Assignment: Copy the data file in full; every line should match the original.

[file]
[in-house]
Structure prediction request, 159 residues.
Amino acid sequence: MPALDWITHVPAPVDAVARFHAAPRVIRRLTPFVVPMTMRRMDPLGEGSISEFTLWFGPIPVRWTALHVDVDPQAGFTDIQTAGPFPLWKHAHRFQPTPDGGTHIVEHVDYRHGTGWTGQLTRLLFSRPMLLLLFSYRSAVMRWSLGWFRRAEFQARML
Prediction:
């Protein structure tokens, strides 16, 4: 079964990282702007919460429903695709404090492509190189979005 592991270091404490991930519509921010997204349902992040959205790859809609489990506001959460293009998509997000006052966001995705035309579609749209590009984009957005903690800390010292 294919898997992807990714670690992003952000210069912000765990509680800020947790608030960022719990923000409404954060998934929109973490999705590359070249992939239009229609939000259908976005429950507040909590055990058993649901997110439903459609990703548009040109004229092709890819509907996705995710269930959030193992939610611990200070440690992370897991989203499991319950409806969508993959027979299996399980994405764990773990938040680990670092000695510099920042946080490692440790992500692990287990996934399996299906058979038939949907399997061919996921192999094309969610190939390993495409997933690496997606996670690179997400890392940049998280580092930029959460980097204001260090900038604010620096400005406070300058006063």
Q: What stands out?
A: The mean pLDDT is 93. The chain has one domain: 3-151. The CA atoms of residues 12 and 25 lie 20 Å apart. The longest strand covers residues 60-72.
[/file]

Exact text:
[in-house]
Structure prediction request, 159 residues.
Amino acid sequence: MPALDWITHVPAPVDAVARFHAAPRVIRRLTPFVVPMTMRRMDPLGEGSISEFTLWFGPIPVRWTALHVDVDPQAGFTDIQTAGPFPLWKHAHRFQPTPDGGTHIVEHVDYRHGTGWTGQLTRLLFSRPMLLLLFSYRSAVMRWSLGWFRRAEFQARML
Prediction:
């Protein structure tokens, strides 16, 4: 079964990282702007919460429903695709404090492509190189979005 592991270091404490991930519509921010997204349902992040959205790859809609489990506001959460293009998509997000006052966001995705035309579609749209590009984009957005903690800390010292 294919898997992807990714670690992003952000210069912000765990509680800020947790608030960022719990923000409404954060998934929109973490999705590359070249992939239009229609939000259908976005429950507040909590055990058993649901997110439903459609990703548009040109004229092709890819509907996705995710269930959030193992939610611990200070440690992370897991989203499991319950409806969508993959027979299996399980994405764990773990938040680990670092000695510099920042946080490692440790992500692990287990996934399996299906058979038939949907399997061919996921192999094309969610190939390993495409997933690496997606996670690179997400890392940049998280580092930029959460980097204001260090900038604010620096400005406070300058006063």
Q: What stands out?
A: The mean pLDDT is 93. The chain has one domain: 3-151. The CA atoms of residues 12 and 25 lie 20 Å apart. The longest strand covers residues 60-72.